As Attorneys General, we see the impact campus sexual assault has on survivors, educational institutions, and our communities. Incidents of sexual assault on colleges and universities are widespread: the American Association of Universities (AAU) has found that 23 percent of female undergraduates were the victims of sexual assault or sexual misconduct due to physical force, threats of force, or incapacitation.1 The federal government’s own studies have reached similar conclusions: the U.S. Department of Justice’s Bureau of Justice Statistics found that, on average, 20.5% of college women had experienced sexual assault since entering college2 while the Centers for Disease Control and Prevention found that one in five of women experienced sexual assault in her lifetime.3 Moreover, the vast majority of these incidents go unreported. In fact, the AAU study concluded that reporting rates for some types of assaults were as low as 5 percent, in part due to survivors’ concerns about coming forward.

Thanks to the tireless work of survivors and advocates, our nation is beginning to understand the full scope of this epidemic. The Department of Education’s current guidance reaffirms the obligation of colleges and universities to protect survivors of sexual assault.

1 AAU Climate Survey on Sexual Assault and Sexual Misconduct (2015), https://www.aau.edu/key-issues/aau-climate-survey-sexual-assault-and-sexual-misconduct-2015.

2 Campus Climate Survey Validation Study, Final Technical Report, Appx. E, https://www.bjs.gov/content/pub/pdf/App_E_Sex-Assault-Rape-Battery.pdf.

3 National Intimate Partner and Sexual Violence Survey, https://www.cdc.gov/violenceprevention/pdf/nisvs_report2010-a.pdf.

The Honorable Elisabeth DeVos July 19, 2017 Page 2 of 4

Among other provisions, the guidance reaffirms that Title IX requires institutions to use a “preponderance of the evidence” standard in investigating allegations of sexual harassment or domestic violence. While we recognize that there is a great deal more that can be done to protect students and agree on the importance of ensuring that investigations are conducted fairly, a rushed, poorly-considered effort to roll back current policies sends precisely the wrong message to all students. Yet there is every indication that is exactly the approach your Department is taking.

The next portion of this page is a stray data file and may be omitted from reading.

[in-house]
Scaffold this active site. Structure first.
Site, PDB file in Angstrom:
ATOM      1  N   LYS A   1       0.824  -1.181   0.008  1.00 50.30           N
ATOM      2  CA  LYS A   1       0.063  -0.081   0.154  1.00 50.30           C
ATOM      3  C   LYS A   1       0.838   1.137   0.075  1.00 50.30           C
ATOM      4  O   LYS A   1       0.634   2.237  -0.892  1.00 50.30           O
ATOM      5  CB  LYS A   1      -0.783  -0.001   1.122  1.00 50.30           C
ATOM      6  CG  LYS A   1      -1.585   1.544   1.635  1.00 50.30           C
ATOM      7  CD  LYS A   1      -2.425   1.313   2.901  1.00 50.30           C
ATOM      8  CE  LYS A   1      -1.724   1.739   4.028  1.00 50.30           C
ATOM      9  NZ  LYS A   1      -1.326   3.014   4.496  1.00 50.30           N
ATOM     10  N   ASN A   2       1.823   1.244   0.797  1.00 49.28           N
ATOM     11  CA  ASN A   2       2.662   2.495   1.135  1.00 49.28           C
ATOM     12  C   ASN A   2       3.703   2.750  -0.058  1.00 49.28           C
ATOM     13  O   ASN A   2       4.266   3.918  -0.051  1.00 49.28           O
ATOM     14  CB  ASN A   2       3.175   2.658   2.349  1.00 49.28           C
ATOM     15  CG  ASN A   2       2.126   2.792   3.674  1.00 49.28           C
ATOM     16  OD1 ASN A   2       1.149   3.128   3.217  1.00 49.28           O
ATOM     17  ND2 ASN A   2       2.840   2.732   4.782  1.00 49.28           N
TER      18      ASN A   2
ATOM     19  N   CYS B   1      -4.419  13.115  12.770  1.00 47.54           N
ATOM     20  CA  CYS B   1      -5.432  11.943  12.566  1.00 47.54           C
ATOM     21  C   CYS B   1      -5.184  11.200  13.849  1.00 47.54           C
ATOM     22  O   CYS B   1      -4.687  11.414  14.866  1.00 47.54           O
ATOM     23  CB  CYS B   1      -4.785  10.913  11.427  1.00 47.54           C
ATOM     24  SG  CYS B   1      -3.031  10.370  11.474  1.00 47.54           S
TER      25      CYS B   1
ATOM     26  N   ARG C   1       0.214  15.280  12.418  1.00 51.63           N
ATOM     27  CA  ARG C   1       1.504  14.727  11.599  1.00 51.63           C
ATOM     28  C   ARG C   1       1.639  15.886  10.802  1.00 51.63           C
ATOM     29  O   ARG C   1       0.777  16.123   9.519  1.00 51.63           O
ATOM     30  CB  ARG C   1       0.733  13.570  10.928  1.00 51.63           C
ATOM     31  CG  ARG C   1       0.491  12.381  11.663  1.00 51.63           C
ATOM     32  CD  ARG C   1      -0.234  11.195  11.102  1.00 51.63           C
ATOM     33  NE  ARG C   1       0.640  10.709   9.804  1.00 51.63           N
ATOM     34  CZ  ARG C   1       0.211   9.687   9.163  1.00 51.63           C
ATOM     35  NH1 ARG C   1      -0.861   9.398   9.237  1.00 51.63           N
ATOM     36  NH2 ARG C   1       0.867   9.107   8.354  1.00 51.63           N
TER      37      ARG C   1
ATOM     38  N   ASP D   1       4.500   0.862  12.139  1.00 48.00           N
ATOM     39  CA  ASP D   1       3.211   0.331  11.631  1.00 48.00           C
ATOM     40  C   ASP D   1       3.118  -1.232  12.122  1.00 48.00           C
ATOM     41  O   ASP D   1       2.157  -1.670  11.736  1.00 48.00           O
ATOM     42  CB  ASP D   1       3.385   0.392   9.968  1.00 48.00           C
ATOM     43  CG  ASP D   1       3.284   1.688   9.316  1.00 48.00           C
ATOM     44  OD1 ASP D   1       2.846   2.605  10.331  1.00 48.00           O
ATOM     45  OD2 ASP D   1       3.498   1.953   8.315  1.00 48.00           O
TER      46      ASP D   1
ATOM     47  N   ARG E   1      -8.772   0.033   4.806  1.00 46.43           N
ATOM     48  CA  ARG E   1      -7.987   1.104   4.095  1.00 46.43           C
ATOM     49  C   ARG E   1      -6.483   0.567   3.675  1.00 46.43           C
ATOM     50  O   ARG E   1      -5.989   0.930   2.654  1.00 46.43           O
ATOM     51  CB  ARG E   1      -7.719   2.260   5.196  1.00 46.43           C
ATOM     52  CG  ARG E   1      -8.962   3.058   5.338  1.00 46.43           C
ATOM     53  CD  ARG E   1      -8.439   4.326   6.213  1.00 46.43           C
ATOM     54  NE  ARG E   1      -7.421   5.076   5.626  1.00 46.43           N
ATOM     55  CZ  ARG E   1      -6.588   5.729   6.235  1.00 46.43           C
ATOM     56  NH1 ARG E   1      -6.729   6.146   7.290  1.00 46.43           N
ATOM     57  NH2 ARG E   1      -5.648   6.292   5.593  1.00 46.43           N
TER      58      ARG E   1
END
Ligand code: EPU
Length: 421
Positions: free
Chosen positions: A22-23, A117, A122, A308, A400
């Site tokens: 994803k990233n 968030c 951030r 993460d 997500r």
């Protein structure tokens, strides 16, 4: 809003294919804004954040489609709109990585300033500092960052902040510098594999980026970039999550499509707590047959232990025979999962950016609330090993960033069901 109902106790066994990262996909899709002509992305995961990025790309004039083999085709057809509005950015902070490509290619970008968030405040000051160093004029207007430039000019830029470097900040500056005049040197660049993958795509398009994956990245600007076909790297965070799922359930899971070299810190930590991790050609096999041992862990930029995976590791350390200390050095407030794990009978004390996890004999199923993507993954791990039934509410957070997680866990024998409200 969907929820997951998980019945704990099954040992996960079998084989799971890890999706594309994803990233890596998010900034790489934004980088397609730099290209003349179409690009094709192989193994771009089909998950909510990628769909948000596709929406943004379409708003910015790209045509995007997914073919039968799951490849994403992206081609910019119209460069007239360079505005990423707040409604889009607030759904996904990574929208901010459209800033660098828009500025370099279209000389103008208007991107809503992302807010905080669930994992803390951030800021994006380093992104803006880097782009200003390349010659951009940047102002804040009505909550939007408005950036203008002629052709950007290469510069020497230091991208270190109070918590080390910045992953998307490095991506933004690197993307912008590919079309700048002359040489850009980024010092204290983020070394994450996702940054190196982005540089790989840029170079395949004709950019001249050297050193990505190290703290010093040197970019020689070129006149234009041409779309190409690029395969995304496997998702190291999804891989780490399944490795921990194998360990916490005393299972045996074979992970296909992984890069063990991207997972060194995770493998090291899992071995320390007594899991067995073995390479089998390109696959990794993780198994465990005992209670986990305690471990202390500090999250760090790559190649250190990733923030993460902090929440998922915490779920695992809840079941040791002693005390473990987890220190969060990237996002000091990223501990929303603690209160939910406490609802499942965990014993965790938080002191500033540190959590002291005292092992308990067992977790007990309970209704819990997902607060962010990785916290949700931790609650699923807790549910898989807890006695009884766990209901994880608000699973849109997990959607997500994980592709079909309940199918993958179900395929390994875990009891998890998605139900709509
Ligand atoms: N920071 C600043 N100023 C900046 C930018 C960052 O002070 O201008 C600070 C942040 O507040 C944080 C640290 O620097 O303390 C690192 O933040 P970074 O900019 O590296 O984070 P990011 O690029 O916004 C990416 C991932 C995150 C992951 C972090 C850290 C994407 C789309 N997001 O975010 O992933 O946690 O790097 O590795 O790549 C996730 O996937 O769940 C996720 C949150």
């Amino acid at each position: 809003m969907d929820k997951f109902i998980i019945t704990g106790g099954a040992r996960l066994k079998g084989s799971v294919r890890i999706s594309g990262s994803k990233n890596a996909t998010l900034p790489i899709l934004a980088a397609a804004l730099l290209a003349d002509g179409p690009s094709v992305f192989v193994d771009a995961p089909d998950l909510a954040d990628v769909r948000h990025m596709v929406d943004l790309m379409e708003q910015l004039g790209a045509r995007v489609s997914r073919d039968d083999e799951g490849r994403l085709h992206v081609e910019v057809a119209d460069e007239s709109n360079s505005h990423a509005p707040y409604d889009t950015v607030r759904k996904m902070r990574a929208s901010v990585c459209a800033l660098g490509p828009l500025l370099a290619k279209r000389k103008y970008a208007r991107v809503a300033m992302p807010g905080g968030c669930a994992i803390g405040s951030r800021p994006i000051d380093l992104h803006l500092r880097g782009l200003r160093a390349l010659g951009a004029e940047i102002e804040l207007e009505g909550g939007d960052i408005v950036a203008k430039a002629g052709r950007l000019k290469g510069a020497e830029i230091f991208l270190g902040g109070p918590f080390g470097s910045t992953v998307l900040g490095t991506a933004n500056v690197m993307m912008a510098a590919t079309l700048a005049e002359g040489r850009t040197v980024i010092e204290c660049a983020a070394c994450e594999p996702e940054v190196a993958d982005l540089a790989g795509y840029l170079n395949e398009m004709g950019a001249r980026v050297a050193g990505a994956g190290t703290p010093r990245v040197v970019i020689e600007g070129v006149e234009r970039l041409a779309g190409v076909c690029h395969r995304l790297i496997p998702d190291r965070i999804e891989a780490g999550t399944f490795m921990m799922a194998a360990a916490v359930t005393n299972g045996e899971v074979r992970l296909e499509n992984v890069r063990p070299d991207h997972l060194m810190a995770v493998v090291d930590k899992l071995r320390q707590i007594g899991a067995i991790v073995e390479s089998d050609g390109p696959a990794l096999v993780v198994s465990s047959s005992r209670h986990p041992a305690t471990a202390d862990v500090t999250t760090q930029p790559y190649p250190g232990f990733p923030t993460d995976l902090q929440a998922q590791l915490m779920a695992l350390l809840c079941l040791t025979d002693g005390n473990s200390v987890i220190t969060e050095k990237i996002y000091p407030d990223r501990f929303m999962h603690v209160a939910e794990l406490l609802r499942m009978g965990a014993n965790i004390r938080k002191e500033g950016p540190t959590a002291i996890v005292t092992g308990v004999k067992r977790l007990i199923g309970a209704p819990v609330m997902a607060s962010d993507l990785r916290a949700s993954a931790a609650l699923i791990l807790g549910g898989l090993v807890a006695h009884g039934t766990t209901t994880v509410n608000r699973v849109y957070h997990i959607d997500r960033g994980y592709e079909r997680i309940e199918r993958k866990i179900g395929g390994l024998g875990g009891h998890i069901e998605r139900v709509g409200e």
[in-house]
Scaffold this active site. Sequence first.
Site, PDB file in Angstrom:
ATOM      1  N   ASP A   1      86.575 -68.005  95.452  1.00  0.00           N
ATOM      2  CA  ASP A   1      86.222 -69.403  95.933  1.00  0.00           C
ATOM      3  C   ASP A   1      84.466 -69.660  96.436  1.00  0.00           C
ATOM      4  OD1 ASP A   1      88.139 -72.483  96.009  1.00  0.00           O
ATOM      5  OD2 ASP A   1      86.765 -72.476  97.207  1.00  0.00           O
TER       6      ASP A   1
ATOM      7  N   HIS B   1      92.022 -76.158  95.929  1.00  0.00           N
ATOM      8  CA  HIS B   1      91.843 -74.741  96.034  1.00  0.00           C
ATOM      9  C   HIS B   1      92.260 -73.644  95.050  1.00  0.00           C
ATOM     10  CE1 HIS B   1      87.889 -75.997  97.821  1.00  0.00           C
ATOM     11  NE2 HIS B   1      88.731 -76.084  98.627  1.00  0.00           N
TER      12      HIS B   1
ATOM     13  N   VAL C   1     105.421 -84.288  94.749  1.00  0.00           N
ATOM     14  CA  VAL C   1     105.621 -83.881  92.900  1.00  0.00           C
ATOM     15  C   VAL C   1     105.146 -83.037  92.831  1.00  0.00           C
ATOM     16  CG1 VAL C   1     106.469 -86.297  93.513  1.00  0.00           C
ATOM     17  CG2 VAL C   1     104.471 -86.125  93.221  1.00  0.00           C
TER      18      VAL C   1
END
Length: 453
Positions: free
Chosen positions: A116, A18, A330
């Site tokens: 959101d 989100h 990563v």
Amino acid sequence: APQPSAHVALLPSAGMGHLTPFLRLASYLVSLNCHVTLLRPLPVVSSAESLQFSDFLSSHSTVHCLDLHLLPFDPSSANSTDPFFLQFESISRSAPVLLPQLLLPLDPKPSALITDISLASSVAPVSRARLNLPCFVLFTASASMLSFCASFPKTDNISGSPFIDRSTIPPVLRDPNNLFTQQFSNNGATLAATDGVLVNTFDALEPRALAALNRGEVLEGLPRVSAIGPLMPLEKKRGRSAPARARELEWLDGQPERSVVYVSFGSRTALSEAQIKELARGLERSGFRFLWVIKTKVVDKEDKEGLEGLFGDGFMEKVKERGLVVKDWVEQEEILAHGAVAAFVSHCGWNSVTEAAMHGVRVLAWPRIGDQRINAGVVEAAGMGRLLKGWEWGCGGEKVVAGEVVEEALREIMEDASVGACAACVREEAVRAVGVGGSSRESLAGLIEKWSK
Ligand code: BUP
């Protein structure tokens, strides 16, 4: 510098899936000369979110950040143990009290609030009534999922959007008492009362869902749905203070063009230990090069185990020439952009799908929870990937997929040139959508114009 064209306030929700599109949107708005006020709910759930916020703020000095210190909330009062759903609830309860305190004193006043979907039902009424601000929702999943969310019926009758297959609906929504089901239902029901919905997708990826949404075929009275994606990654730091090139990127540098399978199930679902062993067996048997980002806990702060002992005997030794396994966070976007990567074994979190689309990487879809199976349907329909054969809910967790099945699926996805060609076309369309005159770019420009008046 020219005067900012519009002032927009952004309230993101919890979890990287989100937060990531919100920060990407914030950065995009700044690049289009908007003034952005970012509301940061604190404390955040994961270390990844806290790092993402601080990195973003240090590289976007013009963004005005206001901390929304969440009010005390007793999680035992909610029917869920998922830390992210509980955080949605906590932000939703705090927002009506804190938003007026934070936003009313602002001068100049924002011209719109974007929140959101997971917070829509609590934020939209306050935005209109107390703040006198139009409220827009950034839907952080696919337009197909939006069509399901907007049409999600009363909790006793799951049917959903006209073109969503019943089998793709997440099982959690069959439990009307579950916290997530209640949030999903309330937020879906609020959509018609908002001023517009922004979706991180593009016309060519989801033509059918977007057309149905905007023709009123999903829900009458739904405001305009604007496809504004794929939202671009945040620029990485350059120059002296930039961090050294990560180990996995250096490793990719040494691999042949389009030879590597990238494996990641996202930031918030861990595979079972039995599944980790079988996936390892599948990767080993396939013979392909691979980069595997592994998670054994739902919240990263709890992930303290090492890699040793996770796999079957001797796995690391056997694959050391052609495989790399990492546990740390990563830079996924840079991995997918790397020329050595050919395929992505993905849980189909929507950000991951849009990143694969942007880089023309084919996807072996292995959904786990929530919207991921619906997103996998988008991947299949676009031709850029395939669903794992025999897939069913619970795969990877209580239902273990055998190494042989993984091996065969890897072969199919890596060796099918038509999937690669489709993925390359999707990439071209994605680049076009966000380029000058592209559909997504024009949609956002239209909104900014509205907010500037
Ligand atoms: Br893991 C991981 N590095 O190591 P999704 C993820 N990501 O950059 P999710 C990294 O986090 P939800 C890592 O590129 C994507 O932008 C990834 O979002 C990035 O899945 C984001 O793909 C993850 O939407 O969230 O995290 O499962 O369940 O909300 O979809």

In particular, we were deeply troubled by the comments attributed to Acting Assistant Secretary for Civil Rights Candice Jackson, who claimed that ninety percent of campus sexual assault allegations “fall into the category of ‘we were both drunk,’ ‘we broke up, and six months later I found myself under a Title IX investigation because she just decided that our last sleeping together was not quite right’.” While we appreciate that Ms. Jackson has issued an apology, her comments communicate to survivors of campus sexual assault that the Department does not take their concerns seriously and that it is not committed to continuing its current efforts to combat this epidemic on our college campuses. Coming on the heels of news that she has directed the Office for Civil Rights to reduce its efforts to identify systematic problems in conducting investigations, we have serious concerns as to whether Ms. Jackson can be entrusted to oversee a fair, thorough process in evaluating the Department’s policies in this area.

Despite our concerns, we are committed to working collaboratively with your Department to address the problem of sexual assault on America’s college campuses. But any effort in this area must be deliberate and allow for meaningful input from all stakeholders, and it must focus on the ultimate goal of ensuring that all students are protected from discrimination, including sexual harassment, assault, stalking and domestic violence, under Title IX. To that end, we urge you to directly engage with a broad, representative group of stakeholders, including survivors, victims’ rights advocates, law enforcement, and a bipartisan group of Attorneys General from around the country, so we can take action together to end the scourge of sexual violence on our college and university campuses. Furthermore, we urge you to continue to implement and uphold these important civil rights protections so that all students are able to learn in a safe environment free from violence and discrimination.

response.

We stand ready to partner with you in this effort and look forward to your Sincerely,

JOSH SHAPIRO HECTOR BALDERAS Pennsylvania Attorney General Attorney General of New Mexico

XAVIER BECERRA California Attorney General

MATTHEW DENN Delaware Attorney General

DOUGLAS S. CHIN Hawaii Attorney General

TOM MILLER
Iowa Attorney General

JANET T. MILLS Maine Attorney General

MAURA HEALEY Massachusetts Attorney General

ERIC T. SCHNEIDERMAN New York Attorney General

The Honorable Elisabeth DeVos July 19, 2017 Page 3 of 4

GEORGE JEPSEN Connecticut Attorney General

KARL A. RACINE Attorney General for the District of Columbia

LISA MADIGAN Illinois Attorney General

ANDY BESHEAR Kentucky Attorney General

BRIAN E. FROSH Maryland Attorney General

LORI SWANSON Minnesota Attorney General

JOSH STEIN
Attorney General of North Carolina

ELLEN F. ROSENBLUM Oregon Attorney General

T.J. DONOVAN
Vermont Attorney General

The Honorable Elisabeth DeVos July 19, 2017 Page 4 of 4

PETER F. KILMARTIN Rhode Island Attorney General

MARK R. HERRING Virginia Attorney General